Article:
# Finding the enthalpy of formation of magnesium oxide using Hess' Law

I have the following reactions:

\begin{align} \ce{Mg(s) + 2HCl(aq) &-> MgCl2(aq) + H2(g)}\\ \ce{MgO(s) + 2HCl(aq) &-> MgCl2(aq) + H2O(aq)}\\ \ce{H2(g) + 1/2O2(g) &-> H2O(l)}\\ \ce{Mg(s) + 1/2O2(g) &-> MgO(s)} \end{align}

I also have $\Delta H$ in $\mathrm{kJ/mol}$ for the first three reactions.

Out of this information, I need to find $\Delta H^\circ_\mathrm{f}{\left(\ce{MgO(s)}\right)}$.

I’m pretty sure I have to use Hess’ law but I don’t know how to apply it here. I’ve tried using the second reaction as my “main” reaction and then I can use the third and fourth reaction as formation reactions for two of the compounds of the main reaction but after that I’m not sure how to proceed.

You are trying to find out the enthalpy of formation. The enthalpy of formation is the energy change when one mole of a substance is formed from its constituent elements in their standard state.

The last equation matches this, so that should be your 'main' or 'target' equation. From there you should be able to use Hess' law to calculate the enthalpy change of the formation of magnesium oxide.

Out of the four equations that you have, you need to find $$\Delta H^\circ_\mathrm f$$ of $$\ce{MgO}$$, or rather, the $$\Delta H$$ value of the reaction

$$\ce{Mg(s) + 1/2O2(g) -> MgO(s)} \tag{1} \label{1}$$

Why is this? This is because of the definition of heat of formation is as follows:

Standard heat of formation of a compound is the change of enthalpy during the formation of 1 mole of the substance from its constituent elements, with all substances in their standard states. (emphasis mine)

In the above equation, the elements are in their standard states and they are used to form one mole of $$\ce{MgO}$$.

### Onto the solution:

We need to apply Hess's law of constant heat summation, which states that:

The change of enthalpy in a chemical reaction (i.e. the heat of reaction at constant pressure) is independent of the pathway between the initial and final states.

In other words, if a chemical change takes place by several different routes, the overall enthalpy change is the same, regardless of the route by which the chemical change occurs (provided the initial and final condition are the same).

Therefore if we can write any equation in terms of two or more other reactions, the change in enthalpy of the first reaction can be written as a linear combination of enthalpies of said reactions.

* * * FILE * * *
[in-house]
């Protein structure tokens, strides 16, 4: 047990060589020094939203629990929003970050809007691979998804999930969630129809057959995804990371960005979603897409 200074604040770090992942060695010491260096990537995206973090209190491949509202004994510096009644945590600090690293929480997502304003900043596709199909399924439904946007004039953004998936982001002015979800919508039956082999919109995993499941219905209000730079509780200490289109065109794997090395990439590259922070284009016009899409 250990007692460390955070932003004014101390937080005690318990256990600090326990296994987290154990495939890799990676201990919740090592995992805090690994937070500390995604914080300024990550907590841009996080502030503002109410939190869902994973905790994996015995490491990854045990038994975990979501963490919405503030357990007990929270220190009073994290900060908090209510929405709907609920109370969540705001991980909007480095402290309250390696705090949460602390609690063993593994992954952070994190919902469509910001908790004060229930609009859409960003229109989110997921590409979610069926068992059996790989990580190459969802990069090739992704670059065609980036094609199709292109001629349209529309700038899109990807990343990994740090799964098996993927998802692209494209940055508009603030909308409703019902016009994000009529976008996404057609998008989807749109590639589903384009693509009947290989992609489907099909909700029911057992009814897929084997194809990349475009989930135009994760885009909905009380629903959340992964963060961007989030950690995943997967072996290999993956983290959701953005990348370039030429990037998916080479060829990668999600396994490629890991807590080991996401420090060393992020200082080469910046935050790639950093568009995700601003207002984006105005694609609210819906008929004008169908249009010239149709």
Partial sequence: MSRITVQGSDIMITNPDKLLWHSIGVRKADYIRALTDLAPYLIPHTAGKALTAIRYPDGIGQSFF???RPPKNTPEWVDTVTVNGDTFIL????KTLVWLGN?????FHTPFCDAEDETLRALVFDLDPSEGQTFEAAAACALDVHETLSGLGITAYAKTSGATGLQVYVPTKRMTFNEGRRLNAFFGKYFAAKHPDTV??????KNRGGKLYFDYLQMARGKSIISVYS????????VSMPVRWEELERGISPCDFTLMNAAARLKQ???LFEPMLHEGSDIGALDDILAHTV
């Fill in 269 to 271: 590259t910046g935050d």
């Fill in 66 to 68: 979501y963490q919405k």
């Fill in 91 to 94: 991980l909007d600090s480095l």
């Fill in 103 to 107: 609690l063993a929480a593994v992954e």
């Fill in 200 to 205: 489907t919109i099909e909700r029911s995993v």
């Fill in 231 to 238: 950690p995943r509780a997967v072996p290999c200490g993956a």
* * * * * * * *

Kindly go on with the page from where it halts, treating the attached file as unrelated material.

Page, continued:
Here the other equations for which we know the enthalpies are:

\begin{align} \ce{Mg(s) + 2HCl(aq) &-> MgCl2(aq) + H2(g)} \tag{2} \label{2}\\ \ce{MgO(s) + 2HCl(aq) &-> MgCl2(aq) + H2O(l)} \tag{3} \label{3}\\ \ce{H2(g) + 1/2O2(g) &-> H2O(l)} \tag{4} \label{4} \end{align}

Now, in order to proceed we need to write ($$\ref{1}$$) in terms of a linear combination of ($$\ref{2}$$), $$(\ref{3})$$ and $$(\ref{4})$$.

### Finding the possible combination using observation (Method 1)

We need to notice that in our final reaction equation ($$\ref{1}$$), we need to have an $$\ce{MgO}$$ on the right and the only equation where an $$\ce{MgO}$$ molecule exists is in $$(\ref{3})$$, similarly, we observe that only $$(\ref{2})$$ has an $$\ce{Mg}$$ molecule and therefore, we can say that the final combination needs to have $$(1) = (2) - (3) + x(4)$$.

Substituting the equations and solving for $$x$$, we get x = 1, (which could have also been guessed using the above mentioned method).

Therefore our final linear combination is as follows:

$$\Delta H^\circ_\mathrm f = \Delta H^\circ_2 + \Delta H^\circ_4 - \Delta H^\circ_3$$

### Finding the answer through applying math (Method 2)

We write

$$(1) = x(2) + y(3) + z(4)$$

After this, we compare the left hand side and right hand side which should satisfy the conservation of mass.

Therefore:

\begin{align} \ce{Mg(s) + 1/2O2(g) &-> MgO(s)} \tag{LHS}\\ \ce{xMg + yMgO + (2x + 2y)HCl + zH2 + z/2O2 &-> (x + y)MgCl2 + (y+z)H2O + xH2} \tag{RHS} \end{align}

Comparing co-efficient on both sides, we get:

\begin{align} x &= 1 \\ y &= -1 \\ x + y &= 0 \\ z &= x \\ z &= 1\\ \end{align}

Either way, we get the same combination for Hess' Law and that is:

$$\Delta H^\circ_\mathrm f = \Delta H^\circ_2 + \Delta H^\circ_4 - \Delta H^\circ_3$$